Annie Goetzinger's Girl in Dior is, unsurprisingly, a love letter to designer Christian Dior, both as a person and as a designer. The illustrations lovingly recreate many of his designs from the presentation of his first collection all the way up to the designer's death. The styles that Dior created changed women's fashion for the post-war era, taking women from more functional, simple clothing, back to more elaborate designs. Goetzinger's historical research is impeccable, but it's her art, and, more specifically, the way she illustrates clothing, that makes Girl in Dior so impressive.

Don't misunderstand: Girl in Dior is much more than a comic about clothing. It's also about the life and culture of women of various classes in post-war France, and how fashion was perceived by them. The elite classes were able to embrace Dior's designs because they could afford to, although eventually the silhouettes that Dior pioneered became the silhouettes we so often associate with the 1950s for all women.

Goetzinger shows dress after dress in this comic, but it never feels repetitive or like it takes away from the story. Since the story is Dior, after all, there are plenty of opportunities to show fashion, but it feels very organic. It's not just about dresses being on mannequins, but rather living, breathing humans moving in clothing. Fabric crinkles, pleats, bunches, and it feels like you can almost hear the whisper of it moving around as the characters dash through a fashion show or the streets of Paris. Whether it's a beautiful hat, a day dress, or a ball gown, the fashion in this comic is fascinating.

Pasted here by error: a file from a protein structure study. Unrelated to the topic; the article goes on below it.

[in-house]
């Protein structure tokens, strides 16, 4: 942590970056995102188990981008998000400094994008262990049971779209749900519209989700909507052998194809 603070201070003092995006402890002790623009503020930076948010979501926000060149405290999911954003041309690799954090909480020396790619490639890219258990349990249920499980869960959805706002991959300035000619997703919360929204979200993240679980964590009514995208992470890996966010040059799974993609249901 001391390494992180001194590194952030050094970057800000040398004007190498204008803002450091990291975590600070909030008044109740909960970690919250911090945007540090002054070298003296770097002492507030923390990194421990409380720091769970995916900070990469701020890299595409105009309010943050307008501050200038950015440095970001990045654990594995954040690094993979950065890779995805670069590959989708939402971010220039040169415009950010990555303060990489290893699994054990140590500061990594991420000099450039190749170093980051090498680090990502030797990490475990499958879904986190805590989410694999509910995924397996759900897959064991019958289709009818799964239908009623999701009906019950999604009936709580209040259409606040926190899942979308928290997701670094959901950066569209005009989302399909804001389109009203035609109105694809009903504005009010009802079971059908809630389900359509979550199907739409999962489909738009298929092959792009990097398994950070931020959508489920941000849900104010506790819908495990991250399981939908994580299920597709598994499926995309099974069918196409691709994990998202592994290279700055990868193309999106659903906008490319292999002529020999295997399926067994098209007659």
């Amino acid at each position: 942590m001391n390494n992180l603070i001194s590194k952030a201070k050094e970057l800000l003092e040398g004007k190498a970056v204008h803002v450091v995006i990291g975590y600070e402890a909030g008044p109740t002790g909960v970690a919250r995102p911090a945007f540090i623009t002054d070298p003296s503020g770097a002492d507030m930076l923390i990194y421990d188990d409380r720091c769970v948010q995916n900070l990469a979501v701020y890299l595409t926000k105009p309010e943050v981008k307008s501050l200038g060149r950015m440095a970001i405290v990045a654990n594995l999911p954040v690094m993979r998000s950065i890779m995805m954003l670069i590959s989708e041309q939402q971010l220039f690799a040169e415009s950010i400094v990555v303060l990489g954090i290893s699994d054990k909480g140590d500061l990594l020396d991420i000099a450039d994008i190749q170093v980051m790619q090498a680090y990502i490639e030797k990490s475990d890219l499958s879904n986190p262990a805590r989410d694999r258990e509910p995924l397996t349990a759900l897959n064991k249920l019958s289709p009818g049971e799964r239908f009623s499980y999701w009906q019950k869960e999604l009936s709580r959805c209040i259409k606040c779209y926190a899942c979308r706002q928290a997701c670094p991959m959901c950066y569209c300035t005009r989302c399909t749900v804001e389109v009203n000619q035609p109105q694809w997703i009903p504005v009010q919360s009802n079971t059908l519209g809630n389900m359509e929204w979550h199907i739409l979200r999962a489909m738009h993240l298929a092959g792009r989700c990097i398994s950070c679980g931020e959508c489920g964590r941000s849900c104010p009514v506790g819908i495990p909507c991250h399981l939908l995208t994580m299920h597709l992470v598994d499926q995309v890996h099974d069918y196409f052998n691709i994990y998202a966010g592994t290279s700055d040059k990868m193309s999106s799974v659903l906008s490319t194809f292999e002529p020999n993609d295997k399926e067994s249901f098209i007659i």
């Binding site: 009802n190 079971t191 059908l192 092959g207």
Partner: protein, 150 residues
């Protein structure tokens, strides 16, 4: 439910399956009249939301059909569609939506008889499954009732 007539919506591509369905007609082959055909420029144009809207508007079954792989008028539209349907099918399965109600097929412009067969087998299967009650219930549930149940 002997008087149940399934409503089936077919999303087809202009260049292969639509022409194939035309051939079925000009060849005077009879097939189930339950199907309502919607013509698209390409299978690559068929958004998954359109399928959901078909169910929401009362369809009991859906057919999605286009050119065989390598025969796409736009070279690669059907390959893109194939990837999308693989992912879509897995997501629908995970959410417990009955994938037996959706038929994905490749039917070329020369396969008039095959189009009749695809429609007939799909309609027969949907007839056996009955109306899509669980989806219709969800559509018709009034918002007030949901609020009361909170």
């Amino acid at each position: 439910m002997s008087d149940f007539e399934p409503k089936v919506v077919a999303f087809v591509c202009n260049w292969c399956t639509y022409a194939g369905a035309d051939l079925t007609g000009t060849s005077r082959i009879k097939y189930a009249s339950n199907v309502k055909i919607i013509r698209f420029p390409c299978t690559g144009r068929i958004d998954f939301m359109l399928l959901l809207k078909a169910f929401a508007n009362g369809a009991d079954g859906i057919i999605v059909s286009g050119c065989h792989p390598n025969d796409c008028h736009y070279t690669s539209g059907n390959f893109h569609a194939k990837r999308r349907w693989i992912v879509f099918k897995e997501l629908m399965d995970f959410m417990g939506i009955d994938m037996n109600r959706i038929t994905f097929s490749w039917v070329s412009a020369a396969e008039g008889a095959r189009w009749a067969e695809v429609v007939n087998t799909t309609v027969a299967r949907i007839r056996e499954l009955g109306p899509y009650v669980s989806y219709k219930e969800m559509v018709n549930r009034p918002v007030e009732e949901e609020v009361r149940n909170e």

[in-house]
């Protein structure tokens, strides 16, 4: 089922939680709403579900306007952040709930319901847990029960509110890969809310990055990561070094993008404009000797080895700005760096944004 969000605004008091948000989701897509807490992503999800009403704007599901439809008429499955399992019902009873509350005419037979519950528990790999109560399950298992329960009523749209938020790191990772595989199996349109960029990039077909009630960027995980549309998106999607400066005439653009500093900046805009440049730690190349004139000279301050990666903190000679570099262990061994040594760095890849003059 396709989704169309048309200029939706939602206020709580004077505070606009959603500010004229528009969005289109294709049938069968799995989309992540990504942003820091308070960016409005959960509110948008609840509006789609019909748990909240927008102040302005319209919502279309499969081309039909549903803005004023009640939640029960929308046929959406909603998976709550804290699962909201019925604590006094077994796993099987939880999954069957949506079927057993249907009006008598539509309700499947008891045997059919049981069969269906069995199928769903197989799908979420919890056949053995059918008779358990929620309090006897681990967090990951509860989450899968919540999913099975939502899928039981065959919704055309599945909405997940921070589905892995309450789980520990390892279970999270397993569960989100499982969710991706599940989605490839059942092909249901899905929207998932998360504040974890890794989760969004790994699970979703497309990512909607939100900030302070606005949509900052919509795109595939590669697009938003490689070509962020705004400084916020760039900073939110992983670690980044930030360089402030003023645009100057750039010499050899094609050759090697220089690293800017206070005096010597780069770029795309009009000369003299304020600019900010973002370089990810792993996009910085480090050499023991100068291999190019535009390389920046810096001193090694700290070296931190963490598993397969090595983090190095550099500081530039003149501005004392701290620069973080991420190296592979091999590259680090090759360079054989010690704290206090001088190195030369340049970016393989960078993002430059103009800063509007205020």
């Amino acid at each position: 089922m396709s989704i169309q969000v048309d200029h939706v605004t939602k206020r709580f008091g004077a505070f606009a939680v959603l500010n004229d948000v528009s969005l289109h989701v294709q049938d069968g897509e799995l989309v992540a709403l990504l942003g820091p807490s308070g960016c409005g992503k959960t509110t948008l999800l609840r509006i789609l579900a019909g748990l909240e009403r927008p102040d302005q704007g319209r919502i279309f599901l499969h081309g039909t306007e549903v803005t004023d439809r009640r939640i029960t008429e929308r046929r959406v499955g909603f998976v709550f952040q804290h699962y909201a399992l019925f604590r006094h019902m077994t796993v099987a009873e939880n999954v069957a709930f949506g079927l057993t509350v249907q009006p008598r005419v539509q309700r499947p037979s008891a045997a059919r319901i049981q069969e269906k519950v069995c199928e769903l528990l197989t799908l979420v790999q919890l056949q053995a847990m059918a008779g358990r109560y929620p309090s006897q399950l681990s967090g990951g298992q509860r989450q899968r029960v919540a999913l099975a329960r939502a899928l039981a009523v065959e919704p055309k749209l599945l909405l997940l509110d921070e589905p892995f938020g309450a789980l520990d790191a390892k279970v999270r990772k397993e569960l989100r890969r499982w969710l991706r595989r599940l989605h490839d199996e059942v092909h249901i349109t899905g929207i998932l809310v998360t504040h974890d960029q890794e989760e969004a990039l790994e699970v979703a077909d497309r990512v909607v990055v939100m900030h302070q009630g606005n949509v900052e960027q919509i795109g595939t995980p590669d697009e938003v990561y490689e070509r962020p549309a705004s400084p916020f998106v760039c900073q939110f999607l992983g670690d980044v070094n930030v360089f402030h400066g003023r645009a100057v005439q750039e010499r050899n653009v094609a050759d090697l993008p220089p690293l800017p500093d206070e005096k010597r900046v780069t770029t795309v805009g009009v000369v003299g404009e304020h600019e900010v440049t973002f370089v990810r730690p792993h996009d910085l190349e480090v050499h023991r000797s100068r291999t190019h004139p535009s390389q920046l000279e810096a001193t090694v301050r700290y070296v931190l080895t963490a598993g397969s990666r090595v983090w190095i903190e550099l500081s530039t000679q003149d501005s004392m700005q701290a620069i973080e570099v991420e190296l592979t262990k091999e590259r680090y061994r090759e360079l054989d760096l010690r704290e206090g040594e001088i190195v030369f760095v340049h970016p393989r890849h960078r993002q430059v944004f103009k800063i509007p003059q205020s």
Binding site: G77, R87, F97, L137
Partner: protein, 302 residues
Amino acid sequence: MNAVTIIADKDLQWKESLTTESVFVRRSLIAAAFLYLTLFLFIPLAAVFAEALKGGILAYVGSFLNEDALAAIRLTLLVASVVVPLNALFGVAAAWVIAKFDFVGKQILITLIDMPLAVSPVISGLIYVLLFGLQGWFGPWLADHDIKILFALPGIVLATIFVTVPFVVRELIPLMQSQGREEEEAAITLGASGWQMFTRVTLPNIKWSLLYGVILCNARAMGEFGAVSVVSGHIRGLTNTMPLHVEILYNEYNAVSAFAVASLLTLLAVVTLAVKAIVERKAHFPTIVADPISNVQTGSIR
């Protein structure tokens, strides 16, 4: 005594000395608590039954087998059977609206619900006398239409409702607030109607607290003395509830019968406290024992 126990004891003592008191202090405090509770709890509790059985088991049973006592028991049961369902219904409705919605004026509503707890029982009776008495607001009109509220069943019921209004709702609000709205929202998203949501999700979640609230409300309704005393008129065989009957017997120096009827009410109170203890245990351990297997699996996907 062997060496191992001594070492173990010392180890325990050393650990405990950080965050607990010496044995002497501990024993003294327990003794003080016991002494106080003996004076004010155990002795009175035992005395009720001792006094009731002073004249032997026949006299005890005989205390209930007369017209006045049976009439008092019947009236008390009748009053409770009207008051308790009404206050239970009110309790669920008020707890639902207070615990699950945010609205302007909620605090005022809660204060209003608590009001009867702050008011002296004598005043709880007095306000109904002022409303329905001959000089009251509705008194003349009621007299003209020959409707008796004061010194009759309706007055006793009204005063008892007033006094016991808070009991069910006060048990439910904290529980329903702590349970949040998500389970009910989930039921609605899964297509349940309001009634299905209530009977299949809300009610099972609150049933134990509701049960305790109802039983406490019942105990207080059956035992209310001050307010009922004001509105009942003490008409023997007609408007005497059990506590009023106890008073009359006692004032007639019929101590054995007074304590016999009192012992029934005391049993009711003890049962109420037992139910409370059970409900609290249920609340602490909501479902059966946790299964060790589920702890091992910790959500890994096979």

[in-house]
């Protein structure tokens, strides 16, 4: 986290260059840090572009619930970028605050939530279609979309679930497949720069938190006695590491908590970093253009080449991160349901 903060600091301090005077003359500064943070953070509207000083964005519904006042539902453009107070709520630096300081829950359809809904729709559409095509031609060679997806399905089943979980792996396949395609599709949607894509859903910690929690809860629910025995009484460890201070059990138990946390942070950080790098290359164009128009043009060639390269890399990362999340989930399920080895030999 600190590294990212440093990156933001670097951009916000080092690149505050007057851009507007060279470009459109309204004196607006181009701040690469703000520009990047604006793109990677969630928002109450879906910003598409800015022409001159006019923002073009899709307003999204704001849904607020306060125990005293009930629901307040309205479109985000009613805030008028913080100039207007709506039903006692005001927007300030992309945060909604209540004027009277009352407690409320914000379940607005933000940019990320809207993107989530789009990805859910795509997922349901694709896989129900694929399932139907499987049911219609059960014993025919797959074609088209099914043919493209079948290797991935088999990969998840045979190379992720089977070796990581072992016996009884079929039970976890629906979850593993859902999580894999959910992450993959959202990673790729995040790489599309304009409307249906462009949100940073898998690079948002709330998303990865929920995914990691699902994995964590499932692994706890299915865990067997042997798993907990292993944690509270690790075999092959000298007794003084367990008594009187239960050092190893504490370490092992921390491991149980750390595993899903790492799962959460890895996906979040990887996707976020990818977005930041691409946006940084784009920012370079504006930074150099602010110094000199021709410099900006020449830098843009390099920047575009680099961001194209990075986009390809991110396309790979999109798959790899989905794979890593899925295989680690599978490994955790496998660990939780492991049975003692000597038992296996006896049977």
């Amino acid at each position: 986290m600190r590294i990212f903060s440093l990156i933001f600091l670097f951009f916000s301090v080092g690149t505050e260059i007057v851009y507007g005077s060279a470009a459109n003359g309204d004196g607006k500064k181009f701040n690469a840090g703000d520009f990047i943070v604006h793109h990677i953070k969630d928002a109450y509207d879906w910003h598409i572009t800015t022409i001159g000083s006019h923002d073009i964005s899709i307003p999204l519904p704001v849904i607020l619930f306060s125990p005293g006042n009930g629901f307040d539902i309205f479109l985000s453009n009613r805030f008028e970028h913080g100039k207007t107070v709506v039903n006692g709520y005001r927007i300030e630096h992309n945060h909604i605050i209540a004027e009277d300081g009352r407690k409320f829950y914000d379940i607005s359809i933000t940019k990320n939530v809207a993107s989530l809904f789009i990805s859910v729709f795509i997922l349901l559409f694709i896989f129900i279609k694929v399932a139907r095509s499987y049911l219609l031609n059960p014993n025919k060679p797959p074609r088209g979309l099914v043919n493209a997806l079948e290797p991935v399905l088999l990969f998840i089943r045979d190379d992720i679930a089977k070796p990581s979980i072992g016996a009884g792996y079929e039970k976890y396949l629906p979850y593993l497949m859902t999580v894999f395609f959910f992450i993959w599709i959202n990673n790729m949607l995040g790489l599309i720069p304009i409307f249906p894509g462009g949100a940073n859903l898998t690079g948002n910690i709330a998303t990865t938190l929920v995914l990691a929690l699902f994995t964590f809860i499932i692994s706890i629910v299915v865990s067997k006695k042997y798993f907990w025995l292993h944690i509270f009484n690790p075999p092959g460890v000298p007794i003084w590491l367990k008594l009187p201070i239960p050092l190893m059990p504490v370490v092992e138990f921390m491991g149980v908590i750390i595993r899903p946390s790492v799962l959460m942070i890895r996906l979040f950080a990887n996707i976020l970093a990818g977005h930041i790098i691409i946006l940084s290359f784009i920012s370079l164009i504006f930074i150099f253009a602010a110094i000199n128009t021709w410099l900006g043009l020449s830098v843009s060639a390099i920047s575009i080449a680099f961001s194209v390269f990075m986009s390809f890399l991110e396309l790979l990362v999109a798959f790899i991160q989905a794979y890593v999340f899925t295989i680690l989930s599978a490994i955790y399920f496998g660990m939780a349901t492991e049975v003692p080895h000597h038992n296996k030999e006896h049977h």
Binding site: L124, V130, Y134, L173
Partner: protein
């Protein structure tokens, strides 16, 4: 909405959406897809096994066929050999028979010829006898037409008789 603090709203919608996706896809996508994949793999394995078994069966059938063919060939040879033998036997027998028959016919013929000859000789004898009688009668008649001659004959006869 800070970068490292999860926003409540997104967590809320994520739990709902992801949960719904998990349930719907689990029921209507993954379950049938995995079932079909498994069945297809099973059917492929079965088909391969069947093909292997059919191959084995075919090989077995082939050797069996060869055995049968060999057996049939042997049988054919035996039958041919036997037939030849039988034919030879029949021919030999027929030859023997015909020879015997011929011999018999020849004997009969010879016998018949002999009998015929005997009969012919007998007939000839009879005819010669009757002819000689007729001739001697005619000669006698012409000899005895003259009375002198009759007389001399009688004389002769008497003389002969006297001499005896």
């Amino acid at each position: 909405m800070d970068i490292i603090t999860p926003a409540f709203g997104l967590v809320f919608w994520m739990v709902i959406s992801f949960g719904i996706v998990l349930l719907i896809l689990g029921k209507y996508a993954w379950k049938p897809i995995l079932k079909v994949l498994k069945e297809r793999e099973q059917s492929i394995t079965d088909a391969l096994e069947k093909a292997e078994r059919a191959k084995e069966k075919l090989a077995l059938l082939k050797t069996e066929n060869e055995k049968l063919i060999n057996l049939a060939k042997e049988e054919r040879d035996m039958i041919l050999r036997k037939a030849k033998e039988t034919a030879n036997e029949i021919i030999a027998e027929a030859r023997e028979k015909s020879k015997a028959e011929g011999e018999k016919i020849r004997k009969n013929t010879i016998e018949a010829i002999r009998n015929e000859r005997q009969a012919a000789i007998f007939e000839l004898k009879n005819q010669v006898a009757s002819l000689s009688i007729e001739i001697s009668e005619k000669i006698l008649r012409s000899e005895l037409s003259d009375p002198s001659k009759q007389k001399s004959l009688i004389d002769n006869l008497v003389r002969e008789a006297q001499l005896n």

The colors are rich and the linework is precise - clearly Goetzinger was dedicated to recreating Dior's designs in a way that was accessible and interesting. It's not just Dior's designs, though, that Goetzinger has recreated. All of the people in Girl in Dior wear individual outfits as human beings do, including background characters. No one gets a generic background outfit, but rather each individual gets clothing that befits their role and station, whether that's as a Dior model or an fruit seller. This comic, ultimately, is not about just fashion, but about how fashion and clothing affected and reflected the lives of women as the entire world recovered from great tragedy.